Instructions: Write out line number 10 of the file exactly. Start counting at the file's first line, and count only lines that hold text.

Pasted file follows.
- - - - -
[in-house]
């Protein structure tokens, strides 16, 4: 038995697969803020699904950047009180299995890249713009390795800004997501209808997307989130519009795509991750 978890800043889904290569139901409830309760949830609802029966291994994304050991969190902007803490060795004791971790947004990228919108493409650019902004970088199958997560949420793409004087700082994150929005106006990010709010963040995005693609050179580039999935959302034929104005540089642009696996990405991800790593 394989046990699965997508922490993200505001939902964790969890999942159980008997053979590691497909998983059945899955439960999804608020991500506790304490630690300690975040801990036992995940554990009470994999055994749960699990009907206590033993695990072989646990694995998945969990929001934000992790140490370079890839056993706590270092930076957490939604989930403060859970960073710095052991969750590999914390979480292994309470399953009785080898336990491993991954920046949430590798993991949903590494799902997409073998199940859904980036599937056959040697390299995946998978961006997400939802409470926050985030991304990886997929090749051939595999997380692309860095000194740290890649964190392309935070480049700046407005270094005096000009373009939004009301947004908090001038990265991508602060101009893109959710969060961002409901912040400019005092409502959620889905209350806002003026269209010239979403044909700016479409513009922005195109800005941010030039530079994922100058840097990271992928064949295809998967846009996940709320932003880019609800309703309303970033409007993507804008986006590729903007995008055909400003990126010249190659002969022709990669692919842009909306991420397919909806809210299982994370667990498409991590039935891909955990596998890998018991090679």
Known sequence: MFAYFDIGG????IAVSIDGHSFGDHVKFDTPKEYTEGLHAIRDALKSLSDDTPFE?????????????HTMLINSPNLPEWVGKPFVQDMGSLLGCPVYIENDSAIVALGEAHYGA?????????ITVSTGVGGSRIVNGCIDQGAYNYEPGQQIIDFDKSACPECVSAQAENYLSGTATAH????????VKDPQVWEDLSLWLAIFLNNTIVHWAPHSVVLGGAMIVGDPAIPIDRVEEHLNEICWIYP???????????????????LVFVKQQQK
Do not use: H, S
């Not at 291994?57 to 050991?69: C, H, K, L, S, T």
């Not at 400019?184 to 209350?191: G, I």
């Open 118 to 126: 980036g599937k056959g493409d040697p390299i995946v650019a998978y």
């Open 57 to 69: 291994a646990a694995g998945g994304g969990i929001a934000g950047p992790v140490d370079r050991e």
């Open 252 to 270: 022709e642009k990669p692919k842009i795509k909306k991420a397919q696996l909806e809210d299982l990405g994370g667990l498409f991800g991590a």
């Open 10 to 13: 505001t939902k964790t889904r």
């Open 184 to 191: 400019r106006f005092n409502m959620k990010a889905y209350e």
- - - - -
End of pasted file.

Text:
């Open 10 to 13: 505001t939902k964790t889904r």